Metadynamics simulations of the chemical reaction
To model the chemical reaction, the QM region was extended to include, beside the sugar atoms, the catalytic residues sidechains and also the catalytic water (Supplementary Fig. 13). Monovalent pseudopotentials, located at the Cβ atoms of Glu237 and Asp30 and at C3 and C5 of the +1 xylosyl, were used to saturate the QM region86. Two metadynamics simulations were performed, starting from each of the two minima of the conformational FEL of the xylosyl unit, corresponding to the 2SO/2,5B and 4C1 conformations, respectively.
To drive the chemical reaction, we used three CVs that consider all covalent bonds that are to be broken or formed during the reactive process. The first CV (CV1) was taken as the difference between Hwat–Owat and OAsp30–Hwat distances (wat = catalytic water). The second CV (CV2) was taken as the difference between C1xylosyl–O1xylosyl and Owat–C1xylosyl distances, while the third CV (CV3) was taken as the difference between HGlu237 –OGlu237 and O1xylosyl– HGlu237. The height and the width of the Gaussian terms were set to 1.0 kcal mol−1, and 0.15 Å, respectively, for the three CVs, according to their oscillations observed in a free dynamics. The deposition time was set at 350 MD steps (42 fs). The simulations were stopped after all minima of the FEL were sampled, which involved 1673 and 1563 Gaussians, for reactions starting from the 2SO/2,5B and from 4C1 substrate conformations, respectively. In terms of metadynamics simulation time, this corresponds to 70 and 66 ps, respectively. Transition states were further refined by isocommittor analyses, according to the following protocol. A region around the point of maximum energy of the reaction pathway87 in the reaction FEL was defined as a starting point for isocommittor analyses88,89, which were performed on configurations/structures corresponding to metadynamics frames falling on this region (a total of 23 configurations were initially tested, considering both TS configurations). Twenty independent unbiased dynamical trajectories with random initial velocities were launched for selected configurations, which were stopped once the system reaches either the reactants or the products state. The putative TS for each reaction pathway was taken as the configuration that gives a reactants/products ratio close to 50% (Supplementary Fig. 14).
To further confirm the values of the computed energy barriers, we launched metadynamics simulations with different Gaussian heights (0.50 and 1.00 kcal mol−1, for reaction starting from 4C1 and 0.75 and 1.00 kcal mol−1, for reaction starting from 2SO) following the protocol proposed in the literature90, successfully applied to glycosidases76. Each simulation was initiated from the point in which ~50–60% of the reactant basin of our previous simulation was filled. The molecular mechanism remained the same independently of the Gaussian height used and the reaction starting from 4C1 consistently showed slightly higher energy barrier values, for all Gaussian heights tested. These simulations resulted in free energy barriers of 12.7 and 15.4 for simulations starting from 2SO and 18.6 and 16.4 for simulations starting from 4C1.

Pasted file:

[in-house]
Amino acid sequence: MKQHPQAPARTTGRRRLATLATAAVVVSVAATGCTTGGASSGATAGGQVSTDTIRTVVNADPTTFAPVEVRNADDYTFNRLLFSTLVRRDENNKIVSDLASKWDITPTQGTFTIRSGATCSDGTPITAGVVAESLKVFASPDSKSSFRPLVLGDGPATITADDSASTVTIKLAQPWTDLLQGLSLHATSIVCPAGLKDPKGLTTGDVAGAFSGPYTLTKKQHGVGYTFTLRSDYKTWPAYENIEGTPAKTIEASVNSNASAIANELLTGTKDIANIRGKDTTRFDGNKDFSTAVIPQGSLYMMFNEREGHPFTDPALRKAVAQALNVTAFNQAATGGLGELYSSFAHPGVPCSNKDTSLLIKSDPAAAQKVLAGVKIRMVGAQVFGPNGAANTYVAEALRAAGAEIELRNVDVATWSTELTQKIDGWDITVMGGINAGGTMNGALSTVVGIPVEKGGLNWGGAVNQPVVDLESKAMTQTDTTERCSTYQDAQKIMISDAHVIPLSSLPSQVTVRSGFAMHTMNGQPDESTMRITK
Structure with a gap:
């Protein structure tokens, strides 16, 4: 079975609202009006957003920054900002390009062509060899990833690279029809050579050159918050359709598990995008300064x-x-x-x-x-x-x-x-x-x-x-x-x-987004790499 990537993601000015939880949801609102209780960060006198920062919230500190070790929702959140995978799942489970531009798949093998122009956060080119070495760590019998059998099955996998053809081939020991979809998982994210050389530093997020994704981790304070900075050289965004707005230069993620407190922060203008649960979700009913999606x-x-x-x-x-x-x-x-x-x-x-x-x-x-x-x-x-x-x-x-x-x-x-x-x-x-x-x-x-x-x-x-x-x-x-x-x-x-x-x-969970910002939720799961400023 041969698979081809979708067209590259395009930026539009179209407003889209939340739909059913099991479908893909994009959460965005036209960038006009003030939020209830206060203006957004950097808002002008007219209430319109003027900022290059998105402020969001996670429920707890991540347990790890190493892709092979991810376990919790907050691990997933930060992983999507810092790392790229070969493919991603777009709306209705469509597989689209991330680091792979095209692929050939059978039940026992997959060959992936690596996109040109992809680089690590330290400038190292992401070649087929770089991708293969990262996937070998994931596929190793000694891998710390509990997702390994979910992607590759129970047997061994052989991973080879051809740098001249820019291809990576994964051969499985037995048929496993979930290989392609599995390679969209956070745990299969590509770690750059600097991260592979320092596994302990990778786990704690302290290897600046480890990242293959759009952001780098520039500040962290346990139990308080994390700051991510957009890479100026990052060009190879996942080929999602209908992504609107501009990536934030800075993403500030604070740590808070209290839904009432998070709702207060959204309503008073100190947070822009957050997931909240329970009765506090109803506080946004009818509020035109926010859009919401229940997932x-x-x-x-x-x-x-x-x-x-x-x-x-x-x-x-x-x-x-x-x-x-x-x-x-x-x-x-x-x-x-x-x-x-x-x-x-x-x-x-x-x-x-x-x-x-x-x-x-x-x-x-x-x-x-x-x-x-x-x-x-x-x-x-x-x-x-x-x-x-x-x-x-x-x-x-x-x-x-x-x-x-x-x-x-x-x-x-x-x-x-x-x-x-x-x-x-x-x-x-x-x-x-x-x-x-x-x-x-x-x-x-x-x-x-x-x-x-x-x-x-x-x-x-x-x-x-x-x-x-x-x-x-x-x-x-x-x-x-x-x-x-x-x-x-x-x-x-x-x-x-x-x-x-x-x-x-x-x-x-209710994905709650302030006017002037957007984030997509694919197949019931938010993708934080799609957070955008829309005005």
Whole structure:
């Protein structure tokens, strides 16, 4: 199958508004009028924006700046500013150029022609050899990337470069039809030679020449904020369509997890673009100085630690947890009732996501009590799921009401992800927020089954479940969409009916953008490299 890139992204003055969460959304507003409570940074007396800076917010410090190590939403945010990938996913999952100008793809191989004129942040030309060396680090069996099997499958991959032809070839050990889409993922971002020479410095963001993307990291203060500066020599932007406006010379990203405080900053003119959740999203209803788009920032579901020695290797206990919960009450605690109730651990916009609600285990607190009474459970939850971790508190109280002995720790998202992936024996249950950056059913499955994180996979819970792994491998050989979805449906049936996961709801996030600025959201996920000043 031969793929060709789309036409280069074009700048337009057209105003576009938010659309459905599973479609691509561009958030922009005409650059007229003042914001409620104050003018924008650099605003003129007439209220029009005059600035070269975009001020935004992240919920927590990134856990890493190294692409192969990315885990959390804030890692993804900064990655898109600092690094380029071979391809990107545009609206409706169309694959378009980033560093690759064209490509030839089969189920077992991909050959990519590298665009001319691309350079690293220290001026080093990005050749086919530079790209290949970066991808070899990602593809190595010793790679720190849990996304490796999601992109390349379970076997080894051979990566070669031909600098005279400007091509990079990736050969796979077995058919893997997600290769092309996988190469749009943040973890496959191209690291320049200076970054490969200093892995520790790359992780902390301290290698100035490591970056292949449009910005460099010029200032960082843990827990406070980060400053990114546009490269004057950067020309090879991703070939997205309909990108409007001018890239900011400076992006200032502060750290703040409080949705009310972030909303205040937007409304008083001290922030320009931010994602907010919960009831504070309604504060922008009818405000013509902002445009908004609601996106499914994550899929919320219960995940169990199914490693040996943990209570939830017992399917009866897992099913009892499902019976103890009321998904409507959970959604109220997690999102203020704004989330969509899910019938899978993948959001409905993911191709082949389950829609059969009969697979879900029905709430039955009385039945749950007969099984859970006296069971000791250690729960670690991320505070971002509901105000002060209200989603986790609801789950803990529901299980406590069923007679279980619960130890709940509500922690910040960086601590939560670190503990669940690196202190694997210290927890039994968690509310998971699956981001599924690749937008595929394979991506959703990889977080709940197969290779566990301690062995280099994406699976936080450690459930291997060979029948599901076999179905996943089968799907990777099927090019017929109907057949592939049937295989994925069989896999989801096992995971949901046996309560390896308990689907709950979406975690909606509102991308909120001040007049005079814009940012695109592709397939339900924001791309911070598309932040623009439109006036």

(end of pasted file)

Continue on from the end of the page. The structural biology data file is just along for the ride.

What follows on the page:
Further information on research design is available in the Nature Research Reporting Summary linked to this article.
Coordinates and structure factors of XacGH43_1, XacGH43_1 with xylose and XacGH43_1 with xylotriose have been deposited in the Protein Data Bank with accession codes 6XN0, 6XN1 and 6XN2 respectively. Source data are provided with this paper. Additional data supporting the findings of this study are available from the corresponding authors on reasonable request.
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This research was funded by São Paulo Research Foundation (FAPESP, #2015/26982-0 to M.T.M), Conselho Nacional de Desenvolvimento Científico e Tecnológico (CNPq, #306135/2016-7 to M.T.M.), the Spanish Ministry of Science and Innovation (MICINN, AEI/FEDER, UE) (CTQ2017-85-496 to C.R.), the Spanish Structures of Excellence María de Maeztu (MDM-2017-0767 to C.R.), and the Agency for Management of University and Research Grants (AGAUR) (SGR2017-1189 to C.R.). M.A.B.M. received FAPESP postdoctoral fellowships (#2016/19995-0 and #2018/22138-8) and J.C. received a MICINN predoctoral fellowship FPI-BES-2015-072055. We thank the Brazilian Synchrotron Light Laboratory (LNLS) for the provision of time on the SAXS1 and MX2 beamlines, the Brazilian Biosciences National Laboratory (LNBio) for access to the crystallization (Robolab) facility and the Brazilian Biorenewables National Laboratory (LNBR) for access to the Characterization of Macromolecules (MAC) facility and all their staff for the support. We thank the Red Española de Supercomputación (RES) and the Barcelona Supercomputing Center (BSC) for provision of time in MareNostrum4 and CTE machines (QSB-2020-2-0006), and the staff for technical assistance. We also acknowledge Vanesa P. M. Martins for the help in XacGH43_1 cloning and all members of the groups led by Rovira (Barcelona, Spain) and Murakami (Campinas, Brazil) for the valuable scientific discussions.
The authors declare no competing interests.
Peer review information Nature Communications thanks Mauro Boero, Jan-Hendrik Hehemann, and Alessandro Silva Nascimento for their contributions the peer review of this work. Peer review reports are available.
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Morais, M.A.B., Coines, J., Domingues, M.N. et al. Two distinct catalytic pathways for GH43 xylanolytic enzymes unveiled by X-ray and QM/MM simulations. Nat Commun 12, 367 (2021). https://doi.org/10.1038/s41467-020-20620-3